Research foundation appoints new director

The Commercial Fisheries Research Foundation has named Dr. N. David Bethoney, Research Assistant Professor at the School for Marine Science & Technology, as executive director.

Dr. N. David Bethone was recently named executive director of the Commercial Fisheries Research Foundation.

Dr. N. David Bethoney, Research Assistant Professor at UMass Dartmouth’s School for Marine Science & Technology (SMAST), has been named executive director of the Commercial Fisheries Research Foundation (CFRF) in Rhode Island. The non-profit private foundation was established by commercial fishermen to conduct collaborative fisheries research and education projects, according to the CFRF website.

In his new role, Dr. Bethoney will work closely with the Foundation’s executive committee and board of directors to pursue new partnerships and projects. He will also guide staff, scientists, scholars, consultants, and interns on tasks related to ongoing projects.

Read the full CFRF press release.

About Dr. N. David Bethoney

Dr. Bethoney earned his master’s degree at UMass Dartmouth’s SMAST in 2010 where he studied shell disease in lobsters before matriculating into the PhD program where he focused on understanding river herring distributions at sea and using that knowledge to reduce their bycatch.

While a doctoral student, he helped create the River herring Bycatch Avoidance Program to promote sustainable fisheries. More than a decade after its inception, the program continues to serve as a valuable resource for policymakers, environmental groups, the fishing industry, and other stakeholders. “I think it’s really made a difference in spreading awareness about and reducing river herring bycatch,” Bethoney says.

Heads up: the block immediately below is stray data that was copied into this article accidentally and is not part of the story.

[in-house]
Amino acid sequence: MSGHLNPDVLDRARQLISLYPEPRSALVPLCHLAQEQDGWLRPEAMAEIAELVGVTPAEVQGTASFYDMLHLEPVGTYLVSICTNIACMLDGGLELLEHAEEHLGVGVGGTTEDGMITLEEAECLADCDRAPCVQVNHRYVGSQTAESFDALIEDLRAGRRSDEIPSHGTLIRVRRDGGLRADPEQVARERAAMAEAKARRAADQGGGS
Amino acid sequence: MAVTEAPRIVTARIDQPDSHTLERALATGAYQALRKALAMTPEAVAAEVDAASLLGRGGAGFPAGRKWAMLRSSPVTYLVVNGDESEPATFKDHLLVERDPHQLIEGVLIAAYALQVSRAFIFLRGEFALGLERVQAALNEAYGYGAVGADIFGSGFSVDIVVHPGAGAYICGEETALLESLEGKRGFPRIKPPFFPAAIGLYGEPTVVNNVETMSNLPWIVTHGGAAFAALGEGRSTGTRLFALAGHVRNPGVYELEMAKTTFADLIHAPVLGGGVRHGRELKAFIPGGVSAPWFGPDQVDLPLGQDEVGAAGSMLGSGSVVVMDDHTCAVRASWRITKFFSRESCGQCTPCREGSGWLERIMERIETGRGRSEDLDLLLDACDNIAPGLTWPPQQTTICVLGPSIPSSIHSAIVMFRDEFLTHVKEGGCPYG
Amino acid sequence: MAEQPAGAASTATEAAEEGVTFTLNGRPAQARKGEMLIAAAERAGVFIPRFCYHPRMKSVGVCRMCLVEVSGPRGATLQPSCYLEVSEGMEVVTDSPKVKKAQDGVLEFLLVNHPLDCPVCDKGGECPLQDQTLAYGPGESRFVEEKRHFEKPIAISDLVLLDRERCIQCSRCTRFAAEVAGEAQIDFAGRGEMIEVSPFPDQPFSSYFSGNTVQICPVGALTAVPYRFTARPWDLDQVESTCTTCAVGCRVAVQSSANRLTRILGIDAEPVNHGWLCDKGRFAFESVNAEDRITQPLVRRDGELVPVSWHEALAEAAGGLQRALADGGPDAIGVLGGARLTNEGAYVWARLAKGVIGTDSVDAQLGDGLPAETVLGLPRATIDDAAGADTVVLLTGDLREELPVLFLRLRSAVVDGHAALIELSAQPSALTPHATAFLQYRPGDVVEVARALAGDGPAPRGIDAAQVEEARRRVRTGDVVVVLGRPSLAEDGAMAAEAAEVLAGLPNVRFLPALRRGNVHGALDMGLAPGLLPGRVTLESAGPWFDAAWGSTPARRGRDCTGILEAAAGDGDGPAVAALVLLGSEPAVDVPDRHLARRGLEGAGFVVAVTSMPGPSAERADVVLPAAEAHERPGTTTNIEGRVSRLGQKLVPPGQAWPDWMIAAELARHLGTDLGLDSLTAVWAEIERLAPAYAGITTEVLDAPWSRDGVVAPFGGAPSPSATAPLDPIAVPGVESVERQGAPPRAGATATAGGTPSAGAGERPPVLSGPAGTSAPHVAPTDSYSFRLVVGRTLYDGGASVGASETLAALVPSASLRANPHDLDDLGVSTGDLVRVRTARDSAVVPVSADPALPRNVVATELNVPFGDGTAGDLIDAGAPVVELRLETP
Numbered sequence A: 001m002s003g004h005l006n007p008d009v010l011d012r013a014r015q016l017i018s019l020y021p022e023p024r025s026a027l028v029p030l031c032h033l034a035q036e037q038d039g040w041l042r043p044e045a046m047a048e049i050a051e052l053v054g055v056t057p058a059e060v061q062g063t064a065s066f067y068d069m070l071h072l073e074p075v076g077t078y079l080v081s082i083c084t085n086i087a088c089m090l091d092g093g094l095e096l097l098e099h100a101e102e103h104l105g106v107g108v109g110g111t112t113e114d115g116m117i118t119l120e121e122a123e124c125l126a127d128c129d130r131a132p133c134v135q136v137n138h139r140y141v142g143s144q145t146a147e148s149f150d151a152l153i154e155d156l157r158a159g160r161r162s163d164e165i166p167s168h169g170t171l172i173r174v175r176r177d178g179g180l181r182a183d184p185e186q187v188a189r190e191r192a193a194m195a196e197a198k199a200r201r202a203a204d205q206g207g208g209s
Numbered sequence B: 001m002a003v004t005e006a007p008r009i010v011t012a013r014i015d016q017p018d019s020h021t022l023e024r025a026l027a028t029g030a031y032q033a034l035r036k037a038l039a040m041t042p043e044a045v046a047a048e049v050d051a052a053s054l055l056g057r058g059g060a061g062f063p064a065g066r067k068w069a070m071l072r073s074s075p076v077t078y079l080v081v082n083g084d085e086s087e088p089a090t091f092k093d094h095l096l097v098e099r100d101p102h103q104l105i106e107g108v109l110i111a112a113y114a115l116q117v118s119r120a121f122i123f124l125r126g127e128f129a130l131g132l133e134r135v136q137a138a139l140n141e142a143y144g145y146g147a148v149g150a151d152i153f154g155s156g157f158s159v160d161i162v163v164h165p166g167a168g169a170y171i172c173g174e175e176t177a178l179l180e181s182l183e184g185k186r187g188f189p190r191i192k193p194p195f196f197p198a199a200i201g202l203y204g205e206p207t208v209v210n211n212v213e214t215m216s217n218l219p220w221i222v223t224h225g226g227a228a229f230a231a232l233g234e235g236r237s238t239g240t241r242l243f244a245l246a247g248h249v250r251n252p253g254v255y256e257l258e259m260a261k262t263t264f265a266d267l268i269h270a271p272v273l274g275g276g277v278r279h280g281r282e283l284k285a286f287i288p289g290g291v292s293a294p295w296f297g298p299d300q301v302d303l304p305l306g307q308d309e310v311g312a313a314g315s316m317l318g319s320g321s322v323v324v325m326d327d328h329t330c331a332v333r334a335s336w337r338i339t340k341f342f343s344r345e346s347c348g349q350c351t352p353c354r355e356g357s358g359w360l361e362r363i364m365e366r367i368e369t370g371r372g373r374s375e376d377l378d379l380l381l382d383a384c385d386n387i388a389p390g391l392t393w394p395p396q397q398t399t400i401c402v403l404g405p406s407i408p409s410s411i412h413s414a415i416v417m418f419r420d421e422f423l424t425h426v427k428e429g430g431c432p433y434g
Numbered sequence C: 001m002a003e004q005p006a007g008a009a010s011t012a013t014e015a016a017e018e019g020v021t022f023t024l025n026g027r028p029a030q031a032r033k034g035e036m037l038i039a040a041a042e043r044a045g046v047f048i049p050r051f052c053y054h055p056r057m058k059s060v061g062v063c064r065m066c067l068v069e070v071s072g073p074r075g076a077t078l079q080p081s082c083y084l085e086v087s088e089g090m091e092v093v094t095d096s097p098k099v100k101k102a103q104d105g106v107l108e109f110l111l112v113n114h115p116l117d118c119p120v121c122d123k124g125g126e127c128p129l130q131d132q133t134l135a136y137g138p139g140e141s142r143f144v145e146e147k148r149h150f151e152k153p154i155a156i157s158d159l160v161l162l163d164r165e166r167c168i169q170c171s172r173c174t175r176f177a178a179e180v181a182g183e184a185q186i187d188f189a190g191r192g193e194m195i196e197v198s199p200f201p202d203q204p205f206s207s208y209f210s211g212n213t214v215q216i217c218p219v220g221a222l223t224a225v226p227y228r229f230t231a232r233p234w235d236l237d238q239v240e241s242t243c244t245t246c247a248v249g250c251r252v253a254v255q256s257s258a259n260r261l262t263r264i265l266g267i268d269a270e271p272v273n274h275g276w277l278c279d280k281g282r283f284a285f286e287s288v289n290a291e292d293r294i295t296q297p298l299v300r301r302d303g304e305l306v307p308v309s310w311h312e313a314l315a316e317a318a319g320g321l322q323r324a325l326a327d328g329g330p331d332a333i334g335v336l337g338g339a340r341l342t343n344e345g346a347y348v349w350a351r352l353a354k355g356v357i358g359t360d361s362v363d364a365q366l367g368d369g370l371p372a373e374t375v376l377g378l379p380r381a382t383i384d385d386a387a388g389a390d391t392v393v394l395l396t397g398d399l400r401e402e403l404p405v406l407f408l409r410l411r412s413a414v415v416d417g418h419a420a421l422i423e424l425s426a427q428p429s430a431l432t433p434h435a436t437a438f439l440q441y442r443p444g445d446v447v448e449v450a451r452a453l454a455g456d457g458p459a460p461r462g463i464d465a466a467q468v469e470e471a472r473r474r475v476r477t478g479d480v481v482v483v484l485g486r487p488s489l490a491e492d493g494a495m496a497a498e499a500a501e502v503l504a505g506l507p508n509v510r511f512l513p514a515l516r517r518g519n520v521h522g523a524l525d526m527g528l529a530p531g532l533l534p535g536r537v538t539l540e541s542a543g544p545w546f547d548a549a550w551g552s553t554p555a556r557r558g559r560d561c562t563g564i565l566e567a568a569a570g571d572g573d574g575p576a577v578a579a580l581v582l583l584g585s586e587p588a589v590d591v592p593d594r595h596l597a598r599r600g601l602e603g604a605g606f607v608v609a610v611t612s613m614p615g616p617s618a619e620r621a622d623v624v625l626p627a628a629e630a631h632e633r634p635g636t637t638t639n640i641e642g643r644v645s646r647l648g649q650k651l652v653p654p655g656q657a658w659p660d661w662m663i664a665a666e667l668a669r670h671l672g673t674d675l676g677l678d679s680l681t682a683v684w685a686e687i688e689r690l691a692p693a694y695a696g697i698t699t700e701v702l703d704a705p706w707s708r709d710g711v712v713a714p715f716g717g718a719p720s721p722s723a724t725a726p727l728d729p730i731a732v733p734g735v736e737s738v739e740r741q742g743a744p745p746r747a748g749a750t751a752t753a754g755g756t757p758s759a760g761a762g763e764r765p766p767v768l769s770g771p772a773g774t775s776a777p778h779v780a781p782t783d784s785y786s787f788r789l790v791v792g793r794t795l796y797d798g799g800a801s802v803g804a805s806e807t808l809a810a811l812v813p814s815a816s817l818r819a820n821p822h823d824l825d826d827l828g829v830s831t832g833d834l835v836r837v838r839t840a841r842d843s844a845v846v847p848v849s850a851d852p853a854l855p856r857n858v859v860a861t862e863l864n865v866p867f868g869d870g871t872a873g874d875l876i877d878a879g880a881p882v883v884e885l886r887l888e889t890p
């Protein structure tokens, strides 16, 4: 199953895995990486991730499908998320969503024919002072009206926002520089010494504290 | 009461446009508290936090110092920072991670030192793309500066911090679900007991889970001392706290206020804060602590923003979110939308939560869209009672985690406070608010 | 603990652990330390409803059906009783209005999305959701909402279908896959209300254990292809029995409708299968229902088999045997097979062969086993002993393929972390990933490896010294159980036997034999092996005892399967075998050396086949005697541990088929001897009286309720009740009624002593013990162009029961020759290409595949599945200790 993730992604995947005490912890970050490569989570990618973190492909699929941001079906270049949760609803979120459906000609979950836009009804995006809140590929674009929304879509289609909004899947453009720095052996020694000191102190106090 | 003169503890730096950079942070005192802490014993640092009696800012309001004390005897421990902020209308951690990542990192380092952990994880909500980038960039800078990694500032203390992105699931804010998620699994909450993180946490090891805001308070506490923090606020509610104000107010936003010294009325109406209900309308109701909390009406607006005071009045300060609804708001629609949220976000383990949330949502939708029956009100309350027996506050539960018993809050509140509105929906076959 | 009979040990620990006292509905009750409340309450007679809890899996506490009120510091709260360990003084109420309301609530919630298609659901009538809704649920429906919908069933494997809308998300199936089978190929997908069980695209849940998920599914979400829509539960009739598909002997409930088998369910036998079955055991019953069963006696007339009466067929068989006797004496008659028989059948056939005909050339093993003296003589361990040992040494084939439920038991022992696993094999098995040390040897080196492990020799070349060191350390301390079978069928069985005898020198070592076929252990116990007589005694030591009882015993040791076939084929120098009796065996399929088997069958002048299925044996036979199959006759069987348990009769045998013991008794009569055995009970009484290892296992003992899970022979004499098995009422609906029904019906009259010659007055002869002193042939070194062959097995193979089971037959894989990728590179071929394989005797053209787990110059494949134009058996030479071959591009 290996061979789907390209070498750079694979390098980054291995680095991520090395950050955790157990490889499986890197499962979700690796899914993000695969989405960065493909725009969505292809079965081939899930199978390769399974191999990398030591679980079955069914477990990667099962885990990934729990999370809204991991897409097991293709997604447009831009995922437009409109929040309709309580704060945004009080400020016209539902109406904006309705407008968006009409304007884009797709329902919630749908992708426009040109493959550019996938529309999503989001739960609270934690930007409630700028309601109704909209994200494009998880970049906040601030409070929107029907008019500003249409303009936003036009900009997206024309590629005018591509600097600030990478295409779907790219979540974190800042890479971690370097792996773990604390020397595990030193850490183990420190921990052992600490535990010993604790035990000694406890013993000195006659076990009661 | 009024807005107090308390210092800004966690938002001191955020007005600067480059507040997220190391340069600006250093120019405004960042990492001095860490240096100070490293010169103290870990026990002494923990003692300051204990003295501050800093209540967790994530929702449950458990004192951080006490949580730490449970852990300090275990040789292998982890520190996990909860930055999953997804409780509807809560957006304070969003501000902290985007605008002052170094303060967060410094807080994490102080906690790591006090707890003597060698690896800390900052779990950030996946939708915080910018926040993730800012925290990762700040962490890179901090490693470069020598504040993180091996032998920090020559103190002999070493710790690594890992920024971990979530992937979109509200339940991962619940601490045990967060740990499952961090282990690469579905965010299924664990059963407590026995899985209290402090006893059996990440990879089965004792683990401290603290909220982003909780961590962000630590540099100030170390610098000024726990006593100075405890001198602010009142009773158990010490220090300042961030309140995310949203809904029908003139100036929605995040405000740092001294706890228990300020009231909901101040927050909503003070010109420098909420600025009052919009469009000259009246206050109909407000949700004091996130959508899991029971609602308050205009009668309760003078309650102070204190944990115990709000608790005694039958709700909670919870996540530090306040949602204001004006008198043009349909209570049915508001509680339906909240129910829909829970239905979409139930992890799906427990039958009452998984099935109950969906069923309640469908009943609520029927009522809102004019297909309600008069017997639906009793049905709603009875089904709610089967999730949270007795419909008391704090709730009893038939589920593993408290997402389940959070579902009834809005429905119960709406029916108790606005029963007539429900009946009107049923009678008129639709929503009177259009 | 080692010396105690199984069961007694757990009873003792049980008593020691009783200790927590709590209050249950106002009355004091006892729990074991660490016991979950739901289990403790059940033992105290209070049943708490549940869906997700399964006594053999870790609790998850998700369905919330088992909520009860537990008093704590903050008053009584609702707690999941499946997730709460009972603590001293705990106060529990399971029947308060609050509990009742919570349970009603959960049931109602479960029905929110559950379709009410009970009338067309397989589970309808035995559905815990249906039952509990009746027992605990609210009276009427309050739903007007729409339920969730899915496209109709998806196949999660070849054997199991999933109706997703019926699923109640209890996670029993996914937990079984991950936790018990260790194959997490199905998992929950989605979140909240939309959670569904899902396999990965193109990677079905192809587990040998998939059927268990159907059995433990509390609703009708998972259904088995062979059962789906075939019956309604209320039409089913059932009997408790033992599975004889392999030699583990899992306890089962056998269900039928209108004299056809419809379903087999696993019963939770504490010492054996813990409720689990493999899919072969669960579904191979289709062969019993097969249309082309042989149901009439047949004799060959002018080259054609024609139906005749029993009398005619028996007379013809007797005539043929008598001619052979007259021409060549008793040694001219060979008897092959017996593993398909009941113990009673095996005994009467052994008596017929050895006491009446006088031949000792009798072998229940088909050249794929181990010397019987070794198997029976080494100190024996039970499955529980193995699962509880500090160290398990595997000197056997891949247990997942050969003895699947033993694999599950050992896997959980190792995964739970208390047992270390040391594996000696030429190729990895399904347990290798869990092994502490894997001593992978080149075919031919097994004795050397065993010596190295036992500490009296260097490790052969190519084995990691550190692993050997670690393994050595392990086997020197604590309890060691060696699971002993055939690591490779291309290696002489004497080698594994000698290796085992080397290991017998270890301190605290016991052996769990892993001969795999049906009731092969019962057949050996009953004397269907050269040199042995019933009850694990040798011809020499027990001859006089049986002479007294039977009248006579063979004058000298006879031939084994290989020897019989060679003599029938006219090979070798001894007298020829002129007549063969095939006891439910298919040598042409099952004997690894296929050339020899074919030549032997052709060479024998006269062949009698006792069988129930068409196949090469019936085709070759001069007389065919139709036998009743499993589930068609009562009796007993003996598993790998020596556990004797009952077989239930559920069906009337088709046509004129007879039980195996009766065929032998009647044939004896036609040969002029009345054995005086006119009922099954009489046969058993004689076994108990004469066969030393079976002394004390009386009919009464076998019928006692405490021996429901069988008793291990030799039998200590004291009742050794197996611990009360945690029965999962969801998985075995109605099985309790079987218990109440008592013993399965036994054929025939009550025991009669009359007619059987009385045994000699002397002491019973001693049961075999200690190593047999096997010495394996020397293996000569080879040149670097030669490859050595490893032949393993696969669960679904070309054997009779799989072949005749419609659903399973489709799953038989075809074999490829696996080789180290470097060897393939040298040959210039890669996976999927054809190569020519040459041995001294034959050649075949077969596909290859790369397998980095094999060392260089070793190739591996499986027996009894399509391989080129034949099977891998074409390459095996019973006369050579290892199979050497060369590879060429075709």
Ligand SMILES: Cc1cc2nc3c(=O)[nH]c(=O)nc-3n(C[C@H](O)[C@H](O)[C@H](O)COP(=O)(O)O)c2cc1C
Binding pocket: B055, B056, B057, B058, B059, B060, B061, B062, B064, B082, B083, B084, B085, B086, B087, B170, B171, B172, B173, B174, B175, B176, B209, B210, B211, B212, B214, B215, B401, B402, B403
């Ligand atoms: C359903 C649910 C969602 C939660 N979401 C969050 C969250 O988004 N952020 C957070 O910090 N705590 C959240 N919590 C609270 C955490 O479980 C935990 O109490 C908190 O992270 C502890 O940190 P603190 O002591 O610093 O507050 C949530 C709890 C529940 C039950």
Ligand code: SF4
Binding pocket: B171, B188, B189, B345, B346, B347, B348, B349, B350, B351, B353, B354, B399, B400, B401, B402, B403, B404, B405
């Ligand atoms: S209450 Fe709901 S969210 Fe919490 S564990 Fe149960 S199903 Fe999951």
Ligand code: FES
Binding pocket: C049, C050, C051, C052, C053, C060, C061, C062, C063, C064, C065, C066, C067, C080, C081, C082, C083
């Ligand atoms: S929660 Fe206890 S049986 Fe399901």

Based on his work with the commercial fishing industry in the Northeast, developing the river herring bycatch avoidance program, and conducting drop camera surveys to support Atlantic sea scallop management, in 2014 Bethoney was tapped to serve as Research Assistant Professor at SMAST.

During his tenure, he worked closely with Dr. Kevin Stokesbury on the drop camera survey, taking the lead with the logistics and execution of the survey in 2014. “During my time, we significantly upgraded the survey camera system from using analog video as the main data source to high-resolution digital still images. Today our images are second to none.” Bethoney says. In addition to continuing to provide reliable information to the U.S. scallop fishery, the team also expanded the survey internationally to Canada and Argentina and adapted it for use in the Nova Scotian sea cucumber fishery.



SMAST Fisheries Oceanography, School for Marine Science and Technology